New York City to remove Roosevelt statue over racism concerns


File photo: Agencies

New York City announced Sunday it would remove a statue of former US President Theodore Roosevelt long criticized as a racist and colonialist symbol, but the move drew criticism from Donald Trump.

The decision comes with the United States gripped by widespread protests against racial inequality -- sparked by the killing in police custody of George Floyd, an unarmed black man -- with demonstrators toppling a number of statues of figures with racist legacies.

The bronze sculpture of Roosevelt, which has been at the entrance of the American Museum of Natural History (AMNH) for 80 years, depicts the former leader on horseback towering over a black man and a Native American man -- who are both on foot.

Citing the ongoing movement for racial justice, the museum said: "We also have watched as the attention of the world and the country has increasingly turned to statues and monuments as powerful and hurtful symbols of systemic racism."

The Roosevelt statue, it added, "has long been controversial because of the hierarchical composition that places one figure on horseback and the others walking alongside, and many of us find its depictions of the Native American and African figures and their placement in the monument racist."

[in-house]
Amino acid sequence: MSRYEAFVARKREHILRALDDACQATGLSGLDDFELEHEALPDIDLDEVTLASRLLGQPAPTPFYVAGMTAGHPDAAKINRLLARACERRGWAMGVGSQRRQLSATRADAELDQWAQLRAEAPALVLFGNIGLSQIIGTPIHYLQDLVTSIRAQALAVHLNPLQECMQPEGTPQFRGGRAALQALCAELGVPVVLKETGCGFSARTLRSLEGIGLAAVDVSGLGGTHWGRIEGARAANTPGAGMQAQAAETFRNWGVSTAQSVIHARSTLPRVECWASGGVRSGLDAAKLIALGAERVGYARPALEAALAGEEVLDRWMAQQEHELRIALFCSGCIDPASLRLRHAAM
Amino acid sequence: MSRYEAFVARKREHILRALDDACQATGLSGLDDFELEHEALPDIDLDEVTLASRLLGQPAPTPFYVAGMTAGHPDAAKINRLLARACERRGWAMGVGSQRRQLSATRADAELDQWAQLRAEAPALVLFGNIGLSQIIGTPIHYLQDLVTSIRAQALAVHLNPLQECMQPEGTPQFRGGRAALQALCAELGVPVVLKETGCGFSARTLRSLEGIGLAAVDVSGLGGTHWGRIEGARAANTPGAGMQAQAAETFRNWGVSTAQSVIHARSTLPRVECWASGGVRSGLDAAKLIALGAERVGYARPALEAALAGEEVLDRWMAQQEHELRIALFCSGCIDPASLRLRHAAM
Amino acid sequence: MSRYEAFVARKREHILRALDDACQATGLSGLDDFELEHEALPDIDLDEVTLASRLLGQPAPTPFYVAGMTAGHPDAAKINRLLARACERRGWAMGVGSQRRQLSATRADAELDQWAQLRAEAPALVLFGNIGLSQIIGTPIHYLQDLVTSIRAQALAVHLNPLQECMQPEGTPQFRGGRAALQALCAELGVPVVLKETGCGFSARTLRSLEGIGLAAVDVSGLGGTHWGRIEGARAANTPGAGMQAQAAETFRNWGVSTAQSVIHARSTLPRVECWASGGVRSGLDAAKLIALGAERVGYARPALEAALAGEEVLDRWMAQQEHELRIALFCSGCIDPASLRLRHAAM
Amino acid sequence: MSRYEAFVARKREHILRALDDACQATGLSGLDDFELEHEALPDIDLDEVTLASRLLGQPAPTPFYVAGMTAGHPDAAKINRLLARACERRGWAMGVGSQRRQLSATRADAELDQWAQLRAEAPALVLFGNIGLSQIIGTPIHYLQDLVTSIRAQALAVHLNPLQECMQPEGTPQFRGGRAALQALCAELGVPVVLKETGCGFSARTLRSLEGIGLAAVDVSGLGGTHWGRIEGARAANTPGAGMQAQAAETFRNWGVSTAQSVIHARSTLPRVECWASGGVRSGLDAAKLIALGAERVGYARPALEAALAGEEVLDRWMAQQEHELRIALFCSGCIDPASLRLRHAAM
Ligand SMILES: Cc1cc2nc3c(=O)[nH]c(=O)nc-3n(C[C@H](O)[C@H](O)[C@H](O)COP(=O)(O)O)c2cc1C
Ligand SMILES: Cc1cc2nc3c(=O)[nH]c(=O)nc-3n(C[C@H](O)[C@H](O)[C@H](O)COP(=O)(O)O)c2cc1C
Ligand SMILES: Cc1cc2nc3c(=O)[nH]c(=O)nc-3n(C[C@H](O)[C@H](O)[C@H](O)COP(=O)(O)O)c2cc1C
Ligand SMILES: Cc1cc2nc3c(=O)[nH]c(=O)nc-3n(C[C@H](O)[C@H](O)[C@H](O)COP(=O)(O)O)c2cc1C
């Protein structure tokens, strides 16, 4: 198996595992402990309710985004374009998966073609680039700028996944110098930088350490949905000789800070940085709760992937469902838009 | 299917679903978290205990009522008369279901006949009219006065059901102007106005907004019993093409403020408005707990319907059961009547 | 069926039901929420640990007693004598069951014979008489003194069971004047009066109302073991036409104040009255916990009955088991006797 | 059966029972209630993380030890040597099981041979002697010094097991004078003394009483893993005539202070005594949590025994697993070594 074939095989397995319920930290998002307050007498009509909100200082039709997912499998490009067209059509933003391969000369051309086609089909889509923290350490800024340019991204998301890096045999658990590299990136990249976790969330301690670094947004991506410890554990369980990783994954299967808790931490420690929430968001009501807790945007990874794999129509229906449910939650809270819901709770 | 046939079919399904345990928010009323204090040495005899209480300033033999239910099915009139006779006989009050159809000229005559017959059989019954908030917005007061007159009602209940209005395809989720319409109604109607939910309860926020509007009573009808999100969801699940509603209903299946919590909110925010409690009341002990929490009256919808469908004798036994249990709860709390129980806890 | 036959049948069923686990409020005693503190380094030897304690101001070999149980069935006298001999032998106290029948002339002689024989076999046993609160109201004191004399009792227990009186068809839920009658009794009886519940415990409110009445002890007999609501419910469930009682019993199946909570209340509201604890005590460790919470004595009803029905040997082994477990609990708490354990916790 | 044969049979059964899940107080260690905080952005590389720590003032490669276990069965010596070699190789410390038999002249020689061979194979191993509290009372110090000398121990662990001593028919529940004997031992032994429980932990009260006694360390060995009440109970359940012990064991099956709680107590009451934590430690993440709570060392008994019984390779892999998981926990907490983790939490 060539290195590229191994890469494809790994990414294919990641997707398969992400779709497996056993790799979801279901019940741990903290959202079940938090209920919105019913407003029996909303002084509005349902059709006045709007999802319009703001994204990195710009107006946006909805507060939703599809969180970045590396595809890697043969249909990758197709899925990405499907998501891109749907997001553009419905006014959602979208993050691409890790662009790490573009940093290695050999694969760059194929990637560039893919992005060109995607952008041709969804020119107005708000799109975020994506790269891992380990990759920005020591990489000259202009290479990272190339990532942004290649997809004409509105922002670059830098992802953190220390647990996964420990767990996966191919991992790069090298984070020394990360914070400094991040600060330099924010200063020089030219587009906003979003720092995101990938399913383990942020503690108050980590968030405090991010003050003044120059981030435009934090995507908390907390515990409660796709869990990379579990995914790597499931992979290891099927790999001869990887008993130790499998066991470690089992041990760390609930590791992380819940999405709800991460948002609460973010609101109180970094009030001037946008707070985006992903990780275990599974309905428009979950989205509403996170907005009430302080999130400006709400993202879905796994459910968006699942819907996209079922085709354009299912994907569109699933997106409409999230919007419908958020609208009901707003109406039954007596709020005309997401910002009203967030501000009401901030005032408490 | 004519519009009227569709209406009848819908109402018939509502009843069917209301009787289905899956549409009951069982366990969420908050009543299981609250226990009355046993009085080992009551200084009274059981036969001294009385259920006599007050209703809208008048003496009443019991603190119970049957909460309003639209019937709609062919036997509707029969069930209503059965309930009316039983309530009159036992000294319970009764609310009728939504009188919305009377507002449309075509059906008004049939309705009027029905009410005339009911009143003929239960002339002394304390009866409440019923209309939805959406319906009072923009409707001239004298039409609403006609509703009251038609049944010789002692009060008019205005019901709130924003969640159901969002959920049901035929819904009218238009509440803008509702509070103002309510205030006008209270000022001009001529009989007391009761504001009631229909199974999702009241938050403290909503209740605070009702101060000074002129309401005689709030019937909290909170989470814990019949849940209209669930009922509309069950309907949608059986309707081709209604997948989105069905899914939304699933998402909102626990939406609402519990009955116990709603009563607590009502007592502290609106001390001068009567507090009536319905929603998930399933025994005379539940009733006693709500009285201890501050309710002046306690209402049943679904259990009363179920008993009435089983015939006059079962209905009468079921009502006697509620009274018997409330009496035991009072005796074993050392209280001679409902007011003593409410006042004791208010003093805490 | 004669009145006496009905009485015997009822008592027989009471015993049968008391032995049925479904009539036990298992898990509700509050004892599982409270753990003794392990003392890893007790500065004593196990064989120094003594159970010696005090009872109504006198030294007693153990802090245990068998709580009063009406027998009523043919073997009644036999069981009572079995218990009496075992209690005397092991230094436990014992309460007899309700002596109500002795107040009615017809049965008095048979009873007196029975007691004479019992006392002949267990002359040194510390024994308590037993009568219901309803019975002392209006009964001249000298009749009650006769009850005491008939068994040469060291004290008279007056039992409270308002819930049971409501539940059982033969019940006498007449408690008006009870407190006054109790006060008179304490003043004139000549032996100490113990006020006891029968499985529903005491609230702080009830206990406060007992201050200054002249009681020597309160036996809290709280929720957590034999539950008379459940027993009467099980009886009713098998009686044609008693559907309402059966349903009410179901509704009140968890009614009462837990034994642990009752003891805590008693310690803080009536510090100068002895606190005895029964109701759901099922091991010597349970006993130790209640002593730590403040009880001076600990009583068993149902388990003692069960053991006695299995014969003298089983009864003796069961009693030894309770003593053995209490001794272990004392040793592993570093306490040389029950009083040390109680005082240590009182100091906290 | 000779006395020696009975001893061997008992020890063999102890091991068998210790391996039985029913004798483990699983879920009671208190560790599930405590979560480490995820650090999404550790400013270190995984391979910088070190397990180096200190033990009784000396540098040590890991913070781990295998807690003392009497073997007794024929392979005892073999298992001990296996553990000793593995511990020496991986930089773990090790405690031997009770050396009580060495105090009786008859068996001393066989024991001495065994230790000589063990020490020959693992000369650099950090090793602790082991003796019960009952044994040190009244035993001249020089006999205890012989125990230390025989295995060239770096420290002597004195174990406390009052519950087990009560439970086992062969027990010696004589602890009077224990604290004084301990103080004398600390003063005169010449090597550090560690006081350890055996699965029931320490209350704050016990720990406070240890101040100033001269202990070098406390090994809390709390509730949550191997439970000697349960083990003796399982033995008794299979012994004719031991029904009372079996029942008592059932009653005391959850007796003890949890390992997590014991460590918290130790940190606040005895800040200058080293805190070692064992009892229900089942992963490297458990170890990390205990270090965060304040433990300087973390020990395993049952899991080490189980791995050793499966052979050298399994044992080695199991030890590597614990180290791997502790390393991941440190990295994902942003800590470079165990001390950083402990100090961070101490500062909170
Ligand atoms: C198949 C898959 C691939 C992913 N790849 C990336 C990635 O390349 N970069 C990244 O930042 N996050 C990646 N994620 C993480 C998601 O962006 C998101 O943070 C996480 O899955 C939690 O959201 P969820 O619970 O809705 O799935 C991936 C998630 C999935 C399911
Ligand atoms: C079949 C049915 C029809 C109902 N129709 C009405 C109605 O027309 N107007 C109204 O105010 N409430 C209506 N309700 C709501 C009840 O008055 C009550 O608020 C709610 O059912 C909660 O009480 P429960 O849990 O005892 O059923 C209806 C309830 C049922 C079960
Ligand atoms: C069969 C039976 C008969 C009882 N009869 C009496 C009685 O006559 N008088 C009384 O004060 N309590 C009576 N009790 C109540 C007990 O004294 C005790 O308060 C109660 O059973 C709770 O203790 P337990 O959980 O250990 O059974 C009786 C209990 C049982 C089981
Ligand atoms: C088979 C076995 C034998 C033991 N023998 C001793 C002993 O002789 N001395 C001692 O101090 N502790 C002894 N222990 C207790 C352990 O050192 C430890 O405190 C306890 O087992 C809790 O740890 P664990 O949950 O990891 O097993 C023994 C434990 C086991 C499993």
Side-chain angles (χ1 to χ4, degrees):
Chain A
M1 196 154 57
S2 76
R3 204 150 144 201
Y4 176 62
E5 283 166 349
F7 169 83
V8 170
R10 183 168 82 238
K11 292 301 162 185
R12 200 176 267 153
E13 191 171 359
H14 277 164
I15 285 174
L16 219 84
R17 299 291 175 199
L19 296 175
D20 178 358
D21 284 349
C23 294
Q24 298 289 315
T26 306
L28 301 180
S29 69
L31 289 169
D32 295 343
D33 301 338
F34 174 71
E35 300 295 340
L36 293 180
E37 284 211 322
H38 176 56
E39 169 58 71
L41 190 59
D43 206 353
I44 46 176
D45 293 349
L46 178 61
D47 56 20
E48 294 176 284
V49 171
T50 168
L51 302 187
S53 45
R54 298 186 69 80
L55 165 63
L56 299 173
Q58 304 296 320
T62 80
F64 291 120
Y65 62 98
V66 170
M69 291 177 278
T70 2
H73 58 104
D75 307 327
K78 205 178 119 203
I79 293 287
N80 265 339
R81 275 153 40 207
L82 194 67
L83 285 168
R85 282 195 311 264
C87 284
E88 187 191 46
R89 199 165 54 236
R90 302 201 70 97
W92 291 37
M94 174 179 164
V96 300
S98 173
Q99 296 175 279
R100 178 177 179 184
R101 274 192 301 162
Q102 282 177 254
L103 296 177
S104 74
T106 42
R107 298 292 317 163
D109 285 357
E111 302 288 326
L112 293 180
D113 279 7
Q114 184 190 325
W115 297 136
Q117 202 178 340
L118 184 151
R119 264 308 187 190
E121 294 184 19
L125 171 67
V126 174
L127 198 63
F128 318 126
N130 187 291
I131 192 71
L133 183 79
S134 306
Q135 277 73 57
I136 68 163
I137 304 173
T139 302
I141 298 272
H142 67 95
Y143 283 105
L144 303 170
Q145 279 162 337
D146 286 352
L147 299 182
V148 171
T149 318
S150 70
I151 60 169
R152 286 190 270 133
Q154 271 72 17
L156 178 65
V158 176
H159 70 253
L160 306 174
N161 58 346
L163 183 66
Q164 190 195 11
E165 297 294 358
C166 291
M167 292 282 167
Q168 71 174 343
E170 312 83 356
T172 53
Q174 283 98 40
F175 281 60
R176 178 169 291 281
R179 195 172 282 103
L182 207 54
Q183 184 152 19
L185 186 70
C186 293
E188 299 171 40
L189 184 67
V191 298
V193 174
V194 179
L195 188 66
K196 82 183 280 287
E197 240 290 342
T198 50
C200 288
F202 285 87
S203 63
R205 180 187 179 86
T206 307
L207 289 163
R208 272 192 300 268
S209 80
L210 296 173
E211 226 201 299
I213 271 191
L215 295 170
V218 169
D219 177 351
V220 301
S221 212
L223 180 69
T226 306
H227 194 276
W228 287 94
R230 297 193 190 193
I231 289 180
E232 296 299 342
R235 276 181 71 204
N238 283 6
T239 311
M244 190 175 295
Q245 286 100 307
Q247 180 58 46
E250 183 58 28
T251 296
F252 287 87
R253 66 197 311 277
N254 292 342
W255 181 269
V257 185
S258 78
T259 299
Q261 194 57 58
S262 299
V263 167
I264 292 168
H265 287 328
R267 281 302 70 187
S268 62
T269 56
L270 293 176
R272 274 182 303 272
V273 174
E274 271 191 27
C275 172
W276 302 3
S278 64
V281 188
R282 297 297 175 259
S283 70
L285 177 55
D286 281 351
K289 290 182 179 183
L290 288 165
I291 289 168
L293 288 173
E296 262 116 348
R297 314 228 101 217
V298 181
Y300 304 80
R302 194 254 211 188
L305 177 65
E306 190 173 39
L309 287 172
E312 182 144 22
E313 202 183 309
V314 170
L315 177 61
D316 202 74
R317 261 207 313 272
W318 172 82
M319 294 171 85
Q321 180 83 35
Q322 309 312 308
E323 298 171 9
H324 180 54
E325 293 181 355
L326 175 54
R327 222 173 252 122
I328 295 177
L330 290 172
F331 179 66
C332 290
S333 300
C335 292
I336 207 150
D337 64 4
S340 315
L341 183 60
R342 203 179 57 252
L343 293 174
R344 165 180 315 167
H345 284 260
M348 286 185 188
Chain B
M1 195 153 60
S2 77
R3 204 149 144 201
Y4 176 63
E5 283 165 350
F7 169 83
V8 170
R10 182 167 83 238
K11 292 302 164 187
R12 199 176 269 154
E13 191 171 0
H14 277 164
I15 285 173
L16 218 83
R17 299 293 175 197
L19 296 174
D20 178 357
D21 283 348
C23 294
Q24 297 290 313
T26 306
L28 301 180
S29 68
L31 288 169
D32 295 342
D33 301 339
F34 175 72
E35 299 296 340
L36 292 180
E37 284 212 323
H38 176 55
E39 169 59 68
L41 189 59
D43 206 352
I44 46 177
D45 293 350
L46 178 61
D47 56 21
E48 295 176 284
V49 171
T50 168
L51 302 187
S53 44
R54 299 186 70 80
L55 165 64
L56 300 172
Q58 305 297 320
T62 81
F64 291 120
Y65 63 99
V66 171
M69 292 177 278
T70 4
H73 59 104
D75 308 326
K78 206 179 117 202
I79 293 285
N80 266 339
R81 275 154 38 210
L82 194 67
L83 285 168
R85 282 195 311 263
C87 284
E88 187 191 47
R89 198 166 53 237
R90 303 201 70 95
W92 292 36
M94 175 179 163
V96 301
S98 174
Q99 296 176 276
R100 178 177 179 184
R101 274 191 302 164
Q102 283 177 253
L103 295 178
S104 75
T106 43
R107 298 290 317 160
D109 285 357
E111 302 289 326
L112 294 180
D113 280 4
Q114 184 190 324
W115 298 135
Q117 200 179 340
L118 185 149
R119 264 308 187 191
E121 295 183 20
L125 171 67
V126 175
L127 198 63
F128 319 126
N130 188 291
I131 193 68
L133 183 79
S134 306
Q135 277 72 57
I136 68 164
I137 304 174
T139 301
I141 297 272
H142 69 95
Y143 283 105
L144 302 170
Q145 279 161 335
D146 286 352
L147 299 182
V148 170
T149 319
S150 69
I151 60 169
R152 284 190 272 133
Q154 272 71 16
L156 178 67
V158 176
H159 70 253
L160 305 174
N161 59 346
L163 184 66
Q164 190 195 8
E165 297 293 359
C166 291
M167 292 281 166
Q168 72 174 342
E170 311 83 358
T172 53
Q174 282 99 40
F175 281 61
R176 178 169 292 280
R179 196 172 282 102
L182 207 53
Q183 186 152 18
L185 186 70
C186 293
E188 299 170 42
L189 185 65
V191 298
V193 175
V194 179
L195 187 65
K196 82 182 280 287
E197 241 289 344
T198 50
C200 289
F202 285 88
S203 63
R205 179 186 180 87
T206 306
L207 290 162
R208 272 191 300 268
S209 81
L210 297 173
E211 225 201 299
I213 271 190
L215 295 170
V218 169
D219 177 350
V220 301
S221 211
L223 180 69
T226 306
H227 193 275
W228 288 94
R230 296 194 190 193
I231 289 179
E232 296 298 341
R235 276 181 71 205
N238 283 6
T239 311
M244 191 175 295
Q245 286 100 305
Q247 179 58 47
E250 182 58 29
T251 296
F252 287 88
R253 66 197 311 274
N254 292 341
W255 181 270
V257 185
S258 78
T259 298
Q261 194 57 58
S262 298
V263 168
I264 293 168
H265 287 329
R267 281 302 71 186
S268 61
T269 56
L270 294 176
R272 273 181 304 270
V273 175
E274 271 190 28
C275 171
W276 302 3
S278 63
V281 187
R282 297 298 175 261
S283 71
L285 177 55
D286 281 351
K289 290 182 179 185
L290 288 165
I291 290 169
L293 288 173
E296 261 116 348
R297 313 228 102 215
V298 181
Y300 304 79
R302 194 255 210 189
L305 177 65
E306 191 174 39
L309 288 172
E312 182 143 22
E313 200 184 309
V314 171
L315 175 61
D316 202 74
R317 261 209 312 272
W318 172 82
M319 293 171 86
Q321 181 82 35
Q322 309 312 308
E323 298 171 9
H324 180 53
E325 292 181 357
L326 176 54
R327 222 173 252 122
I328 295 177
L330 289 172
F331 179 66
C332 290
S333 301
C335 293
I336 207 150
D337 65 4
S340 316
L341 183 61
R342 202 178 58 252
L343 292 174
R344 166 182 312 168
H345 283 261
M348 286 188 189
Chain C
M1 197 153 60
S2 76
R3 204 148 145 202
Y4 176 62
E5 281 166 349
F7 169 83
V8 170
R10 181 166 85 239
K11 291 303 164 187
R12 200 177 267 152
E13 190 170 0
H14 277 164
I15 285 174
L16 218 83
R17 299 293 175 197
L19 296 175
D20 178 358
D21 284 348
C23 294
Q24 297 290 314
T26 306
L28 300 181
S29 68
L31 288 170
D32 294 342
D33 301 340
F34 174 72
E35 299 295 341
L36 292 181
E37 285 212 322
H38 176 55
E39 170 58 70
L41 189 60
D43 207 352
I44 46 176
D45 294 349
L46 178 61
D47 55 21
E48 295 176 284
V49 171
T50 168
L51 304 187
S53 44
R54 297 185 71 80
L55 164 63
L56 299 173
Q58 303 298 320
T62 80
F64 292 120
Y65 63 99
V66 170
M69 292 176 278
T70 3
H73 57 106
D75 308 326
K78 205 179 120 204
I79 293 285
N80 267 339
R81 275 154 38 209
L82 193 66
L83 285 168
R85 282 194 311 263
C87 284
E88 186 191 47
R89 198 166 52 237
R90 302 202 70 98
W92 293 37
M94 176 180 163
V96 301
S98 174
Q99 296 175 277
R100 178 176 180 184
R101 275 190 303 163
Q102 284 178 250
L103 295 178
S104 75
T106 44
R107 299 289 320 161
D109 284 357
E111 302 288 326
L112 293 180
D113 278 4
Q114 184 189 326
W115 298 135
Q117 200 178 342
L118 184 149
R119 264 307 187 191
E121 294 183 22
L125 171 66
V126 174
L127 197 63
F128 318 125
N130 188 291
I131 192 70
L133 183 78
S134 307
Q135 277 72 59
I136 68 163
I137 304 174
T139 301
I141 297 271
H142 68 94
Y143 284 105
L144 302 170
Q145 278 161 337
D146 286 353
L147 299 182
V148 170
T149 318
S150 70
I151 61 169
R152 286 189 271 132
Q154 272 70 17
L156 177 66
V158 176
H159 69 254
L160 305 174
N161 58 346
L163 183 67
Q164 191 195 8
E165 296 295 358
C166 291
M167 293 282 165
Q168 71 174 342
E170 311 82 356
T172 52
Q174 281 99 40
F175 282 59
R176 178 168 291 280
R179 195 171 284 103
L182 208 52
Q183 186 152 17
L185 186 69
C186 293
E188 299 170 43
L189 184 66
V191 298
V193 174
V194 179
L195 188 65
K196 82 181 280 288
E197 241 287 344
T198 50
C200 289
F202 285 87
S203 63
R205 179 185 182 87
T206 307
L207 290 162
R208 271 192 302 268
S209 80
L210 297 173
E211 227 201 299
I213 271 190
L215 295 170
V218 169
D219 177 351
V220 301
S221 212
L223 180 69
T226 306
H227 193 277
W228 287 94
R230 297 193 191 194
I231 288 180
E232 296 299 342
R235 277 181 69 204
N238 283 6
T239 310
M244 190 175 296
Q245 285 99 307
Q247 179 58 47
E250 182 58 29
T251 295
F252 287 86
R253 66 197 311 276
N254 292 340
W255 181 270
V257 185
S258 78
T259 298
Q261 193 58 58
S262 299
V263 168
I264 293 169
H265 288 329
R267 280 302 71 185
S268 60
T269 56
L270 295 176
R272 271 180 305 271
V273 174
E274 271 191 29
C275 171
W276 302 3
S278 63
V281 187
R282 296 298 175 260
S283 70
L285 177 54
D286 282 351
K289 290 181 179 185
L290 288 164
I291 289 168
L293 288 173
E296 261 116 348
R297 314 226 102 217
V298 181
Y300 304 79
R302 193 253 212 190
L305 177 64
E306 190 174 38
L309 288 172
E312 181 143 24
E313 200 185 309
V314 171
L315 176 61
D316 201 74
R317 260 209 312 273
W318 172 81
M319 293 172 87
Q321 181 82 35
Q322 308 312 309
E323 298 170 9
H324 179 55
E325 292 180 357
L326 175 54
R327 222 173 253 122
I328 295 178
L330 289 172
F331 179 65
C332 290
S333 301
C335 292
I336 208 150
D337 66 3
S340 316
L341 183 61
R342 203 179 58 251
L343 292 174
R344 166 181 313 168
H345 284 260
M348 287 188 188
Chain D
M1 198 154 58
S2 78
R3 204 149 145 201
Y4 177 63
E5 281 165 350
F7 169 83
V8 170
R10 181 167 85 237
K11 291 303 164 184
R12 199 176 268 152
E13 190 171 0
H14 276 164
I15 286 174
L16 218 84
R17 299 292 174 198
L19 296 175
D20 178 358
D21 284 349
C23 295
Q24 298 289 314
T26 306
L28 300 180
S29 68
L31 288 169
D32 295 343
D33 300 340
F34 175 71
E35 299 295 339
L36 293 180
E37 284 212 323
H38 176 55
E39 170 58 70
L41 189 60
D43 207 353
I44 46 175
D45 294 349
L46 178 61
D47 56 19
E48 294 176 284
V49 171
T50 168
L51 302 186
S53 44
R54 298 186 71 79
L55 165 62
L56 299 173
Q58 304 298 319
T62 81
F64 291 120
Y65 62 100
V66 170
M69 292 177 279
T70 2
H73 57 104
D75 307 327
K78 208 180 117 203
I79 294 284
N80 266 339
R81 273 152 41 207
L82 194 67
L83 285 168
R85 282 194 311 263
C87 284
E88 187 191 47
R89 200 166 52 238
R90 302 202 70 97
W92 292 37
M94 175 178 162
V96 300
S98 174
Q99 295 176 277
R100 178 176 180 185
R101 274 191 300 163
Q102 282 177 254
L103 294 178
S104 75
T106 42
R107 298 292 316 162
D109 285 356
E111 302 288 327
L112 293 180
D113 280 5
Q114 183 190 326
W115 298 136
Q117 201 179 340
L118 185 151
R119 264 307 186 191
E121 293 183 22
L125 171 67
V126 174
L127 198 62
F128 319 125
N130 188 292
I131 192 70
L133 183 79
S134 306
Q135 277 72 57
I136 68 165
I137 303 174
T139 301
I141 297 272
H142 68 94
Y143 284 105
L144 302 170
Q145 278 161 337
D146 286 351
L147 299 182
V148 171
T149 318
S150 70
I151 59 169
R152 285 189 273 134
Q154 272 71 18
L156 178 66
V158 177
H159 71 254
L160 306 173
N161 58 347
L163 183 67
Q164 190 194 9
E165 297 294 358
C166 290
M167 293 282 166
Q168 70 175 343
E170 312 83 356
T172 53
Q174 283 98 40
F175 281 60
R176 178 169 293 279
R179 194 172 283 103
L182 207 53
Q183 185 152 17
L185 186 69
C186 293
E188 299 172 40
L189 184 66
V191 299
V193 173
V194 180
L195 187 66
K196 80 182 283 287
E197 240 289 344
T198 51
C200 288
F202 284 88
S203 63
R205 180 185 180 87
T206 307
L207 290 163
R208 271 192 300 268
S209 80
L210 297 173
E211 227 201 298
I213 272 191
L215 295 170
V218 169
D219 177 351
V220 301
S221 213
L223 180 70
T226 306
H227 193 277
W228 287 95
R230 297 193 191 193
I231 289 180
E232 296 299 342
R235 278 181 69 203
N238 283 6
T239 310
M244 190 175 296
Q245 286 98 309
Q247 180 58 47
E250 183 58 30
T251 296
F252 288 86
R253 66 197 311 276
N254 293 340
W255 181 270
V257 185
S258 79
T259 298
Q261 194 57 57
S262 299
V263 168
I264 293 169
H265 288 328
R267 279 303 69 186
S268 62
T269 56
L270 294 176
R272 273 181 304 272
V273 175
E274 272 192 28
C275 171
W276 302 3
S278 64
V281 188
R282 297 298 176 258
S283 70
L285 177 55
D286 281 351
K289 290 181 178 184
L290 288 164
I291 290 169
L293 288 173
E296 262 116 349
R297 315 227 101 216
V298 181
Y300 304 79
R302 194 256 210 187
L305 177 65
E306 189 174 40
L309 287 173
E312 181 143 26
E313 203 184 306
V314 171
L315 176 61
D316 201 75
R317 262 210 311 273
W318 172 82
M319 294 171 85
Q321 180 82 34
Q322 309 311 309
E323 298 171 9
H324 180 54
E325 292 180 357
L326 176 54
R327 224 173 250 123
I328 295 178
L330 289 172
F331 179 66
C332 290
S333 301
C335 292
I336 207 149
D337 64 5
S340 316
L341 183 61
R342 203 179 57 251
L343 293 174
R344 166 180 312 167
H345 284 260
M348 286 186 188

New York City authorities agreed to the museum's request to remove the statue, 

"It explicitly depicts Black and Indigenous people as subjugated and racially inferior," Mayor Bill de Blasio said in a statement.

"The City supports the Museum's request. It is the right decision and the right time to remove this problematic statue."

Theodore Roosevelt became the 26th US president at the beginning of the 20th century, and while he was celebrated as a conservationist and progressive at the time, he also held racist views towards black and Native American people, according to the AMNH website.

A Roosevelt family member released a statement approving the removal.

"The world does not need statues, relics of another age, that reflect neither the values of the person they intend to honor nor the values of equality and justice," said Theodore Roosevelt IV, aged 77, a great-grandson.

"The composition of the Equestrian Statue does not reflect Theodore Roosevelt’s legacy. It is time to move the statue and move forward."

But President Donald Trump criticized the decision to remove the statue, tweeting: "Ridiculous, don't do it!"

Trump had called on police to arrest demonstrators who took down a statue of Confederate general Albert Pike in Washington DC on Friday.

The protests against racial inequality and police brutality have seen the toppling or removal of statues depicting Confederate generals, colonial figures and slave traders in the United States, Britain and New Zealand.

The figures targeted by protesters have included Christopher Columbus and British colonialist Cecil Rhodes.